James "Dalek" Marshall Returns to SMoCA This Weekend: Meet the Artist, Paint a Mural

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Sean Deckert/Calnicean Projects
Shift creator James Marshall returns this weekend to Scottsdale Museum of Contemporary Art.
He's best known around these parts as the man who made the colorful geometric designs that infuse the SMoCA Lounge gallery and performance space at Scottsdale Museum of Contemporary Art. But James "Dalek" Marshall was making brownies with his 8- and 10-year-old sons the day we chatted, and looking ahead to his next Valley visit.

He'll arrive in the afternoon on Friday, November 7, then do a quick refresh at The Saguaro, which seems a fitting spot for Marshall given its big blocks of color. Next he'll bounce over to SMoCA, where his 2014 mural Shift spans an outdoor courtyard and retail space that visitors encounter right after entering the museum.

Marshall's three-day visit starts with an informal meet-and-greet-style event Friday night in the SMoCA Lounge, the site of his 2014 mural Radiate. The museum suggested a more formal presentation at first, he says. But waxing poetic on the ways of making art isn't really Marshall's thing. He's keen on genuine conversations that foster "meaningful questions and answers."

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Your Guide to the 6th Annual Grand Avenue Festival in Phoenix

Categories: Visual Art

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Lynn Trimble
Fashion meets recycling during the 2013 Grand Avenue Festival.
With this year's dizzying array of activities, we figured you could use a little help making your game plan for this year's Grand Avenue Festival, which takes place from 11 a.m. to 9 p.m. on Saturday, November 8.

The festival folks have partnered with the 9th annual Phoenix Annual Parade of the Arts (PAPA), so you'll find this year's shindig is jam-packed with arts, eats and other feats presented by Valley artists, performers, and small business types.

Overachievers can print their own festival guide ahead of time, then curl up with a highlighter to mark all their "must-do" moments. The rest of us can snag a festival guide at the main information table located at Oasis on Grand, in front of Bragg's Pie Factory, or at La Melgosa at 1023 Grand Avenue.


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Slick Concept Trumps Content in "Covert Operations" at Scottsdale Museum of Contemporary Art

Categories: Review, Visual Art

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Photo by Chris Loomis
Jenny Holzer, Ribs, 2010 (SMoCA Installation view). Eleven LED signs with blue, red and white diodes, text: U.S. government documents, 58 1/4 x 5 1/4 x 5 3/4 inches each. Courtesy of the artist and Cheim & Read, New York. © 2010 Jenny Holzer, member Artists Rights Society (ARS), New York.

In the years since the 9/11 terrorist attacks, visual and performing artists have explored the delicate dance between privacy and protection. Some hunt for undisclosed information. Others highlight things revealed but never appropriated by our cultural consciousness.
Scottsdale Museum of Contemporary Art contributes to the ongoing dialogue with "Covert Operations: Investigating the Known Unknowns," an exhibition of works by 13 international visual artists and collaboratives.

"Covert Operations," which is curated by SMoCA's Claire C. Carter, consumes all four of the museum's galleries through the fall season. It includes 37 works that tackle classified military sites, nuclear weapons, narcotics and human trafficking, and illegal extradition flights. The exhibition is billed as "the first major survey of a generation of artists working in the violent and uncertain decade following the 9/11 terrorist attacks to collect and reveal previously unreported information."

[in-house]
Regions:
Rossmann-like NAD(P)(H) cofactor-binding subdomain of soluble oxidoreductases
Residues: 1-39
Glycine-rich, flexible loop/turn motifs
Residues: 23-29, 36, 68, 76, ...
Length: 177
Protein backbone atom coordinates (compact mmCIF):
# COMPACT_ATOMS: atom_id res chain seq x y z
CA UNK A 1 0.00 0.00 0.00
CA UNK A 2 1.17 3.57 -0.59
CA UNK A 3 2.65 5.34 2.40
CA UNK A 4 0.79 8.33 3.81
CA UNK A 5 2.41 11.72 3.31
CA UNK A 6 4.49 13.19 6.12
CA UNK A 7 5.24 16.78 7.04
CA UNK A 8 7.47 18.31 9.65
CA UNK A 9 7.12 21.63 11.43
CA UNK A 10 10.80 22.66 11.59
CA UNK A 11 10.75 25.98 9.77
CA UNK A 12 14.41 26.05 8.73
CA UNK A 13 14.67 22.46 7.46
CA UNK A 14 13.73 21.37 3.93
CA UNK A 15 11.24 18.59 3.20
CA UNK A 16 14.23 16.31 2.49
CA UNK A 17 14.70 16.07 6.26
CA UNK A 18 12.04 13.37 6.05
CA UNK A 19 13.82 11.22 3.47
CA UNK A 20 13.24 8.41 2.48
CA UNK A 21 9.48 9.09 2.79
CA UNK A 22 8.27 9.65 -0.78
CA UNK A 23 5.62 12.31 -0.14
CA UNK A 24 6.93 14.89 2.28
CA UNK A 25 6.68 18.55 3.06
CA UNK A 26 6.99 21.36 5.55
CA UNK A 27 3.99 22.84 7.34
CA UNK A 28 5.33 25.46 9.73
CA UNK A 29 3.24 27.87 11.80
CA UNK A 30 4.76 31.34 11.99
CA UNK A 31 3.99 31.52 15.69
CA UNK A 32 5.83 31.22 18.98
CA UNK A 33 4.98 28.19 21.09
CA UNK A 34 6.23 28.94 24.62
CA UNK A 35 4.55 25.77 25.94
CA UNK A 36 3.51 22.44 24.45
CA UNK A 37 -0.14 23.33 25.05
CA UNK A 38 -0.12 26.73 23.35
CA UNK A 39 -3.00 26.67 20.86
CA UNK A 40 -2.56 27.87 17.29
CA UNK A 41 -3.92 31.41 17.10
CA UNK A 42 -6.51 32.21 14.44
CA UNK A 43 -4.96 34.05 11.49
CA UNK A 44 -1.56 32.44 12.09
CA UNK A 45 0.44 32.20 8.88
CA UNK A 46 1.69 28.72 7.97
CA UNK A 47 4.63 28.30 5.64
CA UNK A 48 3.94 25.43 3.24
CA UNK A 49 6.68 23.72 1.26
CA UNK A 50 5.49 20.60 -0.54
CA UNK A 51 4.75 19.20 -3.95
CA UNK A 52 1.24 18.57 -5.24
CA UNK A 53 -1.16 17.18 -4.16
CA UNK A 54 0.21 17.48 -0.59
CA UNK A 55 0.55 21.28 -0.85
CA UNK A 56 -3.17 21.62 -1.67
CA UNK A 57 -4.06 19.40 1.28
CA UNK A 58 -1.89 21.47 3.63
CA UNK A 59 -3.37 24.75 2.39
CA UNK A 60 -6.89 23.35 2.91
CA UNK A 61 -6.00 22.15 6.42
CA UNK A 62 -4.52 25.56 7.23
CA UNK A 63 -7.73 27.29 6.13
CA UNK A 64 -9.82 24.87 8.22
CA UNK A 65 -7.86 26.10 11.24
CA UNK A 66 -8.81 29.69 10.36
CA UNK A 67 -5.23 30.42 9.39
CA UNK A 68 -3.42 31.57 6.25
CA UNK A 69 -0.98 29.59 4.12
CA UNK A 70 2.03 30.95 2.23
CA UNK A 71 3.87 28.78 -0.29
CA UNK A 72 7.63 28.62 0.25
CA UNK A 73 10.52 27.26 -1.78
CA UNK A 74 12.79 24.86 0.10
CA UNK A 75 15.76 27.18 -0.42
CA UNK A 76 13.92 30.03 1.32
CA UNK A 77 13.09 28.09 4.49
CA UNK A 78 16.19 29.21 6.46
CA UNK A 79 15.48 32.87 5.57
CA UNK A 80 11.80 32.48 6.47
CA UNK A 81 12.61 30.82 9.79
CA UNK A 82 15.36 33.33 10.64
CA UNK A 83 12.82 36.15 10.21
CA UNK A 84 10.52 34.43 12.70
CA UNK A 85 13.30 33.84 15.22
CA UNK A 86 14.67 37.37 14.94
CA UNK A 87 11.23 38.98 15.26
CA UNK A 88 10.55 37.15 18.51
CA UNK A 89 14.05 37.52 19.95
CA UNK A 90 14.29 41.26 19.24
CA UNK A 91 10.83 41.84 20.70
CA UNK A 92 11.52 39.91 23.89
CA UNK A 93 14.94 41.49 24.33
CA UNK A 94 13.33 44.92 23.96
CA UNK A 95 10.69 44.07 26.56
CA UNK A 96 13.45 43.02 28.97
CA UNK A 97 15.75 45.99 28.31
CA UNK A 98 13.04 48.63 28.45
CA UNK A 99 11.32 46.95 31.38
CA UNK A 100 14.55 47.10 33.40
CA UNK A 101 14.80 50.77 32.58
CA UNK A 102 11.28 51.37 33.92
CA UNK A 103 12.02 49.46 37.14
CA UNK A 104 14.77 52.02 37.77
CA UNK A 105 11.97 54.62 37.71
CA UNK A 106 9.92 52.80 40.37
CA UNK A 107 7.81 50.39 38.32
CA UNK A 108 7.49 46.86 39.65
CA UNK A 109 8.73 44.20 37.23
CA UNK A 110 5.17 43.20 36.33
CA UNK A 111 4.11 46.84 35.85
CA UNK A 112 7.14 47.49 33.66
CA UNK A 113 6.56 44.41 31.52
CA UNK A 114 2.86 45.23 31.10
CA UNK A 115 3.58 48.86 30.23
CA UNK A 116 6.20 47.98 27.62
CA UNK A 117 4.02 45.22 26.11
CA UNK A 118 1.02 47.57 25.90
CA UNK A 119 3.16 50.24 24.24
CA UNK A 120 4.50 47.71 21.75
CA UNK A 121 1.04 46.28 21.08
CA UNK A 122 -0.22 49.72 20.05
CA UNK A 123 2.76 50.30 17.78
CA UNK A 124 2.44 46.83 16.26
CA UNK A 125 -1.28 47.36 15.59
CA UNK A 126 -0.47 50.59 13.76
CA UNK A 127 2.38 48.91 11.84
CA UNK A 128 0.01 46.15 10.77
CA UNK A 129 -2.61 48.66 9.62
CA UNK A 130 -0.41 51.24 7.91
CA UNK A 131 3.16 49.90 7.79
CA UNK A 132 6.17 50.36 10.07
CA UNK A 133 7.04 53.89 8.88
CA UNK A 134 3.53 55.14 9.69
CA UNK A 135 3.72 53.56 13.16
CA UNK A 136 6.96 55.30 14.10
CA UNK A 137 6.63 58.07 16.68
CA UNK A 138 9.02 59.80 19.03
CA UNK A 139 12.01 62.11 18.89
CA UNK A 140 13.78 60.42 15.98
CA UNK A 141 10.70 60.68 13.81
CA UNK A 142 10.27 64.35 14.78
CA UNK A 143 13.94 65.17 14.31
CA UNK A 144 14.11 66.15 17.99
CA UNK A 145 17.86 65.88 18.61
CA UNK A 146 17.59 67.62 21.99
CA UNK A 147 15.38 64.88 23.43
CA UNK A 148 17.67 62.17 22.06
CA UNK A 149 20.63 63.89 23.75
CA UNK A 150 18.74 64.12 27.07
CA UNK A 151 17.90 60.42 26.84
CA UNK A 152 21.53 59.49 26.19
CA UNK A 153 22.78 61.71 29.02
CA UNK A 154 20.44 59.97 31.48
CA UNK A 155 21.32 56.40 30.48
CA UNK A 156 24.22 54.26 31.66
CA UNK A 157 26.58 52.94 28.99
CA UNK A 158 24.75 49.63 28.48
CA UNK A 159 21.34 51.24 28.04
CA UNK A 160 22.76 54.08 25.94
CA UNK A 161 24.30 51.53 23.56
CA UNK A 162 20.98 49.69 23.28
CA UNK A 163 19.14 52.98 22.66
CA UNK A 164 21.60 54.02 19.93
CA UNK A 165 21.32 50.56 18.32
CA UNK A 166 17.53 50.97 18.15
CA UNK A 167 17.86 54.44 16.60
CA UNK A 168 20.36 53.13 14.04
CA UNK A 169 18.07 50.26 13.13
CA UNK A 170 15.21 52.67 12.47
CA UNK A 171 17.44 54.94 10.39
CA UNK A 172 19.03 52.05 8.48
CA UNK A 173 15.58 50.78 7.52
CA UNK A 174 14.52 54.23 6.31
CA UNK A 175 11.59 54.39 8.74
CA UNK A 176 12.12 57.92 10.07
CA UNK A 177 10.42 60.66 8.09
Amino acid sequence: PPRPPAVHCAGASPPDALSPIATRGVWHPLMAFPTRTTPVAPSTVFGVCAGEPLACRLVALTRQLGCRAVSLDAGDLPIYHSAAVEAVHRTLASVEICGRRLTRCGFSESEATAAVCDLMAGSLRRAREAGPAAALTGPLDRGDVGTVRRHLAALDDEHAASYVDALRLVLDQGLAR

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Steven J. Tepper, New ASU Herberger Institute Dean, Talks Arts, Policy, and Community

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Andy DeLisle
Steven J. Tepper is the new Dean of the Herberger Institute for Design and the Arts at ASU
No need to wonder whatever became of the little boy whose mom sent him to his first drawing class at the Corcoran Gallery of Art in Washington D.C. when he was just 10 or 11 years old.

You'll find Steven J. Tepper heading the Herberger Institute for Design and the Arts at Arizona State University, where 4,700 students are studying in five schools.

His purview also includes the ASU Art Museum on the Tempe campus.

Until recently, the institute's new dean was an associate professor in Vanderbilt's sociology department and associate director for that university's Curb Center for Art, Enterprise, and Public Policy.

He continues to serve as research director for the Strategic National Arts Alumni Project based at Indiana University, which gives him powerful insights into what becomes of art students once they graduate.


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The Table Showcases Photography and Encourages Arts Discussion in Phoenix

Categories: Visual Art

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Courtesy of The Table
The Table is a "place for photographers to break bread and share pictures."

If there's one crucial thing that's missing from the art scene in Phoenix, it's dialogue. That's precisely why Dana Buhl, photographic artist and curatorial coordinator at Scottsdale Museum of Contemporary Art, opened her own space, The Table. Existing in between an exhibition and a critique, The Table functions through fostering dialogue. While the opening receptions of the exhibitions here are invite-only and conversation driven, anyone can view the exhibitions and have a conversation with the curator by making an appointment. Located inside Buhl's Phoenix home, the space allows visitors to look at the work, sit down, and have a conversation about it.